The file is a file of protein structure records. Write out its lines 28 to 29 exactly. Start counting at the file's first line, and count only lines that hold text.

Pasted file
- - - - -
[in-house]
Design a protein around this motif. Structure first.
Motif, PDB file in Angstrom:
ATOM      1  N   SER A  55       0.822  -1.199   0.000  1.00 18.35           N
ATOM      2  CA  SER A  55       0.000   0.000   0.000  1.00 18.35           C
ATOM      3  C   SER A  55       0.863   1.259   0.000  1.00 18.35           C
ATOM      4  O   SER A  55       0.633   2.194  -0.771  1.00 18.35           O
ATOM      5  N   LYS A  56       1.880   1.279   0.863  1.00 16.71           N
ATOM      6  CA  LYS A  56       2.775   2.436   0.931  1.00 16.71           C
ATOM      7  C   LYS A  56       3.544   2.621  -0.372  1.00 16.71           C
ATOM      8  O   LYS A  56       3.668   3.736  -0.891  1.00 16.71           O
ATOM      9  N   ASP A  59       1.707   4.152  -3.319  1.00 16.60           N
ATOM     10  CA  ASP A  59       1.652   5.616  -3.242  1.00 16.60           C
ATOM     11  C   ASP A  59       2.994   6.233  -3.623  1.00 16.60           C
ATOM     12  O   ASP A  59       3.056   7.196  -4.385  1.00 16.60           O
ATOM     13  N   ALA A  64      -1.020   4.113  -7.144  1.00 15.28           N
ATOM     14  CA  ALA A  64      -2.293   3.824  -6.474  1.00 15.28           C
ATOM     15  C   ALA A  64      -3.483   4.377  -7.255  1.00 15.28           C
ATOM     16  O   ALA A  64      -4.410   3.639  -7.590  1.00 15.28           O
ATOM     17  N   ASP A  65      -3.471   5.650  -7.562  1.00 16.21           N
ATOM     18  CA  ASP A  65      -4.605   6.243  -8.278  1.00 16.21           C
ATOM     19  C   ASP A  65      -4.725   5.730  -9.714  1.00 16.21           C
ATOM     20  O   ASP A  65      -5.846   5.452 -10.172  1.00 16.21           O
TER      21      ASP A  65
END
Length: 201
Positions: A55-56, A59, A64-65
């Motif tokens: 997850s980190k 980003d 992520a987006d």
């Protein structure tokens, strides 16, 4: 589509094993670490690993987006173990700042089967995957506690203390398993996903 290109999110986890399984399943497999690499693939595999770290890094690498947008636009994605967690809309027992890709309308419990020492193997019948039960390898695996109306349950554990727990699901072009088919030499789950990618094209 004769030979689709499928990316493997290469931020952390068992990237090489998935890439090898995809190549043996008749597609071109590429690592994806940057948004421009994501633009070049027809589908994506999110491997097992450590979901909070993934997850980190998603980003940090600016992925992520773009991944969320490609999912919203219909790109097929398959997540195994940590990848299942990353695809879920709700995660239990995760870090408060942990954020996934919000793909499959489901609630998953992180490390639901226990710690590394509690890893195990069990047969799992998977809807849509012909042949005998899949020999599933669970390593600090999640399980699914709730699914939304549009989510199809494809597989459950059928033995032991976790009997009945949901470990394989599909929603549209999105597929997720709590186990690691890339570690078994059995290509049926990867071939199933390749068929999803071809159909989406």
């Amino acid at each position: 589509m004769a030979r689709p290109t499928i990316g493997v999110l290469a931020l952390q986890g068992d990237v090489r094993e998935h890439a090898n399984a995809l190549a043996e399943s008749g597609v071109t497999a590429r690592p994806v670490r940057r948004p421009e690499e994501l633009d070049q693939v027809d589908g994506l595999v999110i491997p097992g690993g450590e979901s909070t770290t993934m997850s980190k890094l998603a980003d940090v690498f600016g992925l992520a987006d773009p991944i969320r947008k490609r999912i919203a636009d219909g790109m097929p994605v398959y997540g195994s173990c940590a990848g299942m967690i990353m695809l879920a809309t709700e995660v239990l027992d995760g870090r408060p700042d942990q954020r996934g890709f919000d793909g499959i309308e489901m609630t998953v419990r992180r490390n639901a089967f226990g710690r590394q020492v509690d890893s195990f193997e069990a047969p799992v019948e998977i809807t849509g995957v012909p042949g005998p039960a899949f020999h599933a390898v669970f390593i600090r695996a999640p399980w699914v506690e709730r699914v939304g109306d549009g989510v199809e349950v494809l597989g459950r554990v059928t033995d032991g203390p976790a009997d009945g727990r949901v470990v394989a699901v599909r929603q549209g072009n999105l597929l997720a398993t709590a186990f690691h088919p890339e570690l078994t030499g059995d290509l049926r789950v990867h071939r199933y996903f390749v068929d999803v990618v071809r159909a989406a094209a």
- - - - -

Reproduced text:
């Motif tokens: 997850s980190k 980003d 992520a987006d």
């Protein structure tokens, strides 16, 4: 589509094993670490690993987006173990700042089967995957506690203390398993996903 290109999110986890399984399943497999690499693939595999770290890094690498947008636009994605967690809309027992890709309308419990020492193997019948039960390898695996109306349950554990727990699901072009088919030499789950990618094209 004769030979689709499928990316493997290469931020952390068992990237090489998935890439090898995809190549043996008749597609071109590429690592994806940057948004421009994501633009070049027809589908994506999110491997097992450590979901909070993934997850980190998603980003940090600016992925992520773009991944969320490609999912919203219909790109097929398959997540195994940590990848299942990353695809879920709700995660239990995760870090408060942990954020996934919000793909499959489901609630998953992180490390639901226990710690590394509690890893195990069990047969799992998977809807849509012909042949005998899949020999599933669970390593600090999640399980699914709730699914939304549009989510199809494809597989459950059928033995032991976790009997009945949901470990394989599909929603549209999105597929997720709590186990690691890339570690078994059995290509049926990867071939199933390749068929999803071809159909989406």